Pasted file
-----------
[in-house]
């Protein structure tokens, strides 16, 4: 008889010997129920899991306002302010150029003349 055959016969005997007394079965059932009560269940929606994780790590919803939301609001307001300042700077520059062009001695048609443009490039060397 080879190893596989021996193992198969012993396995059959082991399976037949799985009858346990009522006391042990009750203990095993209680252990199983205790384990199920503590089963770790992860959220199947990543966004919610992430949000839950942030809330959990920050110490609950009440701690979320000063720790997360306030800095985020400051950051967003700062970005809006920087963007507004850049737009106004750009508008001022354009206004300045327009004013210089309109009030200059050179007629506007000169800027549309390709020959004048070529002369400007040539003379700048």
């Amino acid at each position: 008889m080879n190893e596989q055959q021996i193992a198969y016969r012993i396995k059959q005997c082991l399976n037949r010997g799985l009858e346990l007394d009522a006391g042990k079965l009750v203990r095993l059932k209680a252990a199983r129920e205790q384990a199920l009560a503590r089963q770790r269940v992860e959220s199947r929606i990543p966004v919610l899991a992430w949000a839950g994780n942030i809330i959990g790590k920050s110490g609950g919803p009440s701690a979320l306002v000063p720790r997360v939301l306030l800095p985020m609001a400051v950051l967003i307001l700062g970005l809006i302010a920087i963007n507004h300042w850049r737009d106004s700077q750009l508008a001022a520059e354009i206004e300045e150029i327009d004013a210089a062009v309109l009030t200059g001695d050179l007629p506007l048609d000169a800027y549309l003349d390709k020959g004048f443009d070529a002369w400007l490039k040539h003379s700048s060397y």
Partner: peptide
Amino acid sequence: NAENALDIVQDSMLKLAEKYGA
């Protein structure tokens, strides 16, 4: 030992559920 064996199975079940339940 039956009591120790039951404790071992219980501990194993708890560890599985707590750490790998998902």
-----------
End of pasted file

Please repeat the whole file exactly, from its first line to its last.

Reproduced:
[in-house]
């Protein structure tokens, strides 16, 4: 008889010997129920899991306002302010150029003349 055959016969005997007394079965059932009560269940929606994780790590919803939301609001307001300042700077520059062009001695048609443009490039060397 080879190893596989021996193992198969012993396995059959082991399976037949799985009858346990009522006391042990009750203990095993209680252990199983205790384990199920503590089963770790992860959220199947990543966004919610992430949000839950942030809330959990920050110490609950009440701690979320000063720790997360306030800095985020400051950051967003700062970005809006920087963007507004850049737009106004750009508008001022354009206004300045327009004013210089309109009030200059050179007629506007000169800027549309390709020959004048070529002369400007040539003379700048």
């Amino acid at each position: 008889m080879n190893e596989q055959q021996i193992a198969y016969r012993i396995k059959q005997c082991l399976n037949r010997g799985l009858e346990l007394d009522a006391g042990k079965l009750v203990r095993l059932k209680a252990a199983r129920e205790q384990a199920l009560a503590r089963q770790r269940v992860e959220s199947r929606i990543p966004v919610l899991a992430w949000a839950g994780n942030i809330i959990g790590k920050s110490g609950g919803p009440s701690a979320l306002v000063p720790r997360v939301l306030l800095p985020m609001a400051v950051l967003i307001l700062g970005l809006i302010a920087i963007n507004h300042w850049r737009d106004s700077q750009l508008a001022a520059e354009i206004e300045e150029i327009d004013a210089a062009v309109l009030t200059g001695d050179l007629p506007l048609d000169a800027y549309l003349d390709k020959g004048f443009d070529a002369w400007l490039k040539h003379s700048s060397y």
Partner: peptide
Amino acid sequence: NAENALDIVQDSMLKLAEKYGA
């Protein structure tokens, strides 16, 4: 030992559920 064996199975079940339940 039956009591120790039951404790071992219980501990194993708890560890599985707590750490790998998902």